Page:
Mission, Vision, Values

Our mission, vision, and values are spoken to the student:


Where it’s okay to be who you are while discovering your place in the world.


Our school will be a place where you can come as you are and we’ll meet you there. We will help you embody your authentic teenage self through creative expression, wild nature, community collaborations, real-world youth leadership opportunities, and rigorous academics that will challenge any doubts that you are intelligent, capable, and creative. We want to help you step into the adult world with confidence, passion, and perspective. Our vision is to help you define your vision – who are you, what brings you joy, and where are you going from here?

Four Core Values

(1) Youth Leadership Grows Genuine Confidence

On the threshold of adulthood, teenagers deserve real-world leadership and ‘adulting’ opportunities that let them test drive their grown-up selves. Youth voices matter and should have a seat at the table where decisions are being made, including the school boardroom, classroom, and within the larger community. Youth also have the right to make mistakes as they practice becoming leaders and adults, and we’ll be there with empathy, meaningful consequences, and tools for self-awareness and self-assessment.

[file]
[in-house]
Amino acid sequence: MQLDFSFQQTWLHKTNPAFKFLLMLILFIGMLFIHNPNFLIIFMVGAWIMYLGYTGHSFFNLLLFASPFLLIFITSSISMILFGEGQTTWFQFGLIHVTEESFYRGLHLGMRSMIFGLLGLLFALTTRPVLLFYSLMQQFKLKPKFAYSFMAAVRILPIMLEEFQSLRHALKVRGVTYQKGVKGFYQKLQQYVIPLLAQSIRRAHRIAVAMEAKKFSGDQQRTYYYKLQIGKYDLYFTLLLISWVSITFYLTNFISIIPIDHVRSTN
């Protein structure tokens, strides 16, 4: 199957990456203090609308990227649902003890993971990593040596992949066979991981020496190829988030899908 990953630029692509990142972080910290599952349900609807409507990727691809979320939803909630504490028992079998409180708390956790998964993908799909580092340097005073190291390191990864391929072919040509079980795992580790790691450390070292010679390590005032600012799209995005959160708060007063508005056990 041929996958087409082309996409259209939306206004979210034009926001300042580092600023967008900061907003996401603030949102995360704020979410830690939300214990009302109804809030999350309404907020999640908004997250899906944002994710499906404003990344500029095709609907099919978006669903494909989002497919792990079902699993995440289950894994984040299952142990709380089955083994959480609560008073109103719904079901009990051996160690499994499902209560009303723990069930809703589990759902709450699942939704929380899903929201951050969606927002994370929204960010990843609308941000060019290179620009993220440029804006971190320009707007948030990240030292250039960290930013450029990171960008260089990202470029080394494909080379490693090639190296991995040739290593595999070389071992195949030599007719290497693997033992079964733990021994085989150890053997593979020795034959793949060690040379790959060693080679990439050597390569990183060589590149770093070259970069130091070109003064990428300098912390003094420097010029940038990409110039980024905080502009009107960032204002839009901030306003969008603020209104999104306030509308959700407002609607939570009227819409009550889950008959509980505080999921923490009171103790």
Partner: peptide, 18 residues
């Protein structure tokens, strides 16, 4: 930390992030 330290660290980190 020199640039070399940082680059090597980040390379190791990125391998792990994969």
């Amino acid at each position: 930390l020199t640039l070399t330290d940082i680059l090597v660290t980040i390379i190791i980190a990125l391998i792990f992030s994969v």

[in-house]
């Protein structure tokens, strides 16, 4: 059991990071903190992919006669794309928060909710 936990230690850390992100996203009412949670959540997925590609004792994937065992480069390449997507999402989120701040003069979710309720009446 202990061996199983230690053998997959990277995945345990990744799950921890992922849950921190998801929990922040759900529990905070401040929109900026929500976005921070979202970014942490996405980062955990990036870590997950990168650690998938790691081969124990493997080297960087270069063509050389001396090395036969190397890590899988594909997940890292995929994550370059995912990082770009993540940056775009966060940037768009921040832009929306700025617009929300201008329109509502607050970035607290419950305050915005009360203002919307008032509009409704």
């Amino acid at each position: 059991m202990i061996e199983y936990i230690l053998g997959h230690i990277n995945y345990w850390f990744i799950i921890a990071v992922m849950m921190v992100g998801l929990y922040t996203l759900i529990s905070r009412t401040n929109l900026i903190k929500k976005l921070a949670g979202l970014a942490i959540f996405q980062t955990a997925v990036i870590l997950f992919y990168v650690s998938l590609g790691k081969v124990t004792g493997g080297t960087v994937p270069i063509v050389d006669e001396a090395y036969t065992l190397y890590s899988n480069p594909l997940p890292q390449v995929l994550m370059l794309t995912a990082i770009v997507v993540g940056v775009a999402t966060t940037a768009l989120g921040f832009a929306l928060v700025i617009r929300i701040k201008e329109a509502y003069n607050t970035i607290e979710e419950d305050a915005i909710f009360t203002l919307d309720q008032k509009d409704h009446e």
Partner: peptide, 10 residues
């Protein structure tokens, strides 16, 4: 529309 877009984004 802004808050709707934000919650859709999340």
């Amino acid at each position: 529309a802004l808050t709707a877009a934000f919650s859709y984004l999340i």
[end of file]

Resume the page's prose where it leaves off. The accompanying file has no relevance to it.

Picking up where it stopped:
(2) Creative Expression is a Human Right

Every human has the right to express themselves through song, dance, writing, performing, painting, drawing, sculpture, photography, and other modes of creativity. We support both the creatives who choose artistic careers, competitions, and performances, as well as those who creatively express themselves for merriment, catharsis, or just because. 

(3) Rural Communities Count

Be proud of the starry night skies, towering trees, quiet places, and rushing waters of our valley. Learning the cultural and natural history of our bioregion deepens our connection to place, especially when the knowledge is gained through botanical hiking, backpacking, monitoring our streams, counting migratory birds, learning the innovative ways our community has generated economic value in our rural region, interviewing community elders, acknowledging forgotten and suppressed histories, volunteering, and exploring other ways of being in community.

(4) Multiple Perspectives Build a Better World

A 21st-century education is civics-minded, culturally responsive, reflective, and seeks to understand the world from multiple points of view. Practice valuing the strength of differing opinions, especially those that differ from your own, as you improve your ability to debate, critically engage with the past, present, and future, and find common ground to build a stronger community.

“Mountain in the Clouds” by Athena DeMuth